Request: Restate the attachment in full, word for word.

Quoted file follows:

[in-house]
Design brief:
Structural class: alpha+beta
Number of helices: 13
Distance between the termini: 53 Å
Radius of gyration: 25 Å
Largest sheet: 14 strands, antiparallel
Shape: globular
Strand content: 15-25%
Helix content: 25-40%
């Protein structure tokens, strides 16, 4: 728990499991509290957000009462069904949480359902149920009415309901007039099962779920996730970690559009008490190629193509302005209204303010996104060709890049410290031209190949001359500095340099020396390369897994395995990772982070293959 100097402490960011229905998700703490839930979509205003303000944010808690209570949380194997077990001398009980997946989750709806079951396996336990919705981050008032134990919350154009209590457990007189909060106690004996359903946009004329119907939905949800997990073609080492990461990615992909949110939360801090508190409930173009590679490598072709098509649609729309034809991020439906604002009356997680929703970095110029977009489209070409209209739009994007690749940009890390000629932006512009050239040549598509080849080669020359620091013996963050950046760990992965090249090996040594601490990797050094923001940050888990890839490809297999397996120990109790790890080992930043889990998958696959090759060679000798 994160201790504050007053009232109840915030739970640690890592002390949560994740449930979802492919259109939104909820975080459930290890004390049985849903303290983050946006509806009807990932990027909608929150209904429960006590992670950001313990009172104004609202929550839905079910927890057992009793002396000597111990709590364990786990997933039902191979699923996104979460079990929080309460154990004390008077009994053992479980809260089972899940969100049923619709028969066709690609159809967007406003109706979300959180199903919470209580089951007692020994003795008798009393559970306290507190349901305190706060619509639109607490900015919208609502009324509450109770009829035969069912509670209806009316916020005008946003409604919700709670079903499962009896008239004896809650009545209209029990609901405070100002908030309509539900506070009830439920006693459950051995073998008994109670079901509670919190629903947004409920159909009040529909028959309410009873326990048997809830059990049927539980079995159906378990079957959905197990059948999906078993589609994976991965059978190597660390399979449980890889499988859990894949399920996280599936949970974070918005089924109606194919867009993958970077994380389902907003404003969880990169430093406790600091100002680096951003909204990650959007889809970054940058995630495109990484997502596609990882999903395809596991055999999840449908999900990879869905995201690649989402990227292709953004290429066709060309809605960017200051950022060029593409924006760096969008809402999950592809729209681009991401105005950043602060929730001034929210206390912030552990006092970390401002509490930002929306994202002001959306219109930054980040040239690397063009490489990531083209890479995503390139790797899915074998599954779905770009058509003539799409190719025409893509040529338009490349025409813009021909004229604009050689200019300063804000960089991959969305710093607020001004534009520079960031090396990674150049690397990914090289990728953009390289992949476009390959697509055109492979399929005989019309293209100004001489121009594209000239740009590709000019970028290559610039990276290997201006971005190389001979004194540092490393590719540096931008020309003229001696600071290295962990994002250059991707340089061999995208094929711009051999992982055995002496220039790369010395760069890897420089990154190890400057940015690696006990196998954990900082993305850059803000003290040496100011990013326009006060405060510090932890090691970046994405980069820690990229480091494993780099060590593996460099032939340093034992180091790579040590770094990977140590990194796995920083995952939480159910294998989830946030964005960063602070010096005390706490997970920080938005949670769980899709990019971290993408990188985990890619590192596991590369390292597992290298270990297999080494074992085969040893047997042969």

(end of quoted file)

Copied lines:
[in-house]
Design brief:
Structural class: alpha+beta
Number of helices: 13
Distance between the termini: 53 Å
Radius of gyration: 25 Å
Largest sheet: 14 strands, antiparallel
Shape: globular
Strand content: 15-25%
Helix content: 25-40%
């Protein structure tokens, strides 16, 4: 728990499991509290957000009462069904949480359902149920009415309901007039099962779920996730970690559009008490190629193509302005209204303010996104060709890049410290031209190949001359500095340099020396390369897994395995990772982070293959 100097402490960011229905998700703490839930979509205003303000944010808690209570949380194997077990001398009980997946989750709806079951396996336990919705981050008032134990919350154009209590457990007189909060106690004996359903946009004329119907939905949800997990073609080492990461990615992909949110939360801090508190409930173009590679490598072709098509649609729309034809991020439906604002009356997680929703970095110029977009489209070409209209739009994007690749940009890390000629932006512009050239040549598509080849080669020359620091013996963050950046760990992965090249090996040594601490990797050094923001940050888990890839490809297999397996120990109790790890080992930043889990998958696959090759060679000798 994160201790504050007053009232109840915030739970640690890592002390949560994740449930979802492919259109939104909820975080459930290890004390049985849903303290983050946006509806009807990932990027909608929150209904429960006590992670950001313990009172104004609202929550839905079910927890057992009793002396000597111990709590364990786990997933039902191979699923996104979460079990929080309460154990004390008077009994053992479980809260089972899940969100049923619709028969066709690609159809967007406003109706979300959180199903919470209580089951007692020994003795008798009393559970306290507190349901305190706060619509639109607490900015919208609502009324509450109770009829035969069912509670209806009316916020005008946003409604919700709670079903499962009896008239004896809650009545209209029990609901405070100002908030309509539900506070009830439920006693459950051995073998008994109670079901509670919190629903947004409920159909009040529909028959309410009873326990048997809830059990049927539980079995159906378990079957959905197990059948999906078993589609994976991965059978190597660390399979449980890889499988859990894949399920996280599936949970974070918005089924109606194919867009993958970077994380389902907003404003969880990169430093406790600091100002680096951003909204990650959007889809970054940058995630495109990484997502596609990882999903395809596991055999999840449908999900990879869905995201690649989402990227292709953004290429066709060309809605960017200051950022060029593409924006760096969008809402999950592809729209681009991401105005950043602060929730001034929210206390912030552990006092970390401002509490930002929306994202002001959306219109930054980040040239690397063009490489990531083209890479995503390139790797899915074998599954779905770009058509003539799409190719025409893509040529338009490349025409813009021909004229604009050689200019300063804000960089991959969305710093607020001004534009520079960031090396990674150049690397990914090289990728953009390289992949476009390959697509055109492979399929005989019309293209100004001489121009594209000239740009590709000019970028290559610039990276290997201006971005190389001979004194540092490393590719540096931008020309003229001696600071290295962990994002250059991707340089061999995208094929711009051999992982055995002496220039790369010395760069890897420089990154190890400057940015690696006990196998954990900082993305850059803000003290040496100011990013326009006060405060510090932890090691970046994405980069820690990229480091494993780099060590593996460099032939340093034992180091790579040590770094990977140590990194796995920083995952939480159910294998989830946030964005960063602070010096005390706490997970920080938005949670769980899709990019971290993408990188985990890619590192596991590369390292597992290298270990297999080494074992085969040893047997042969």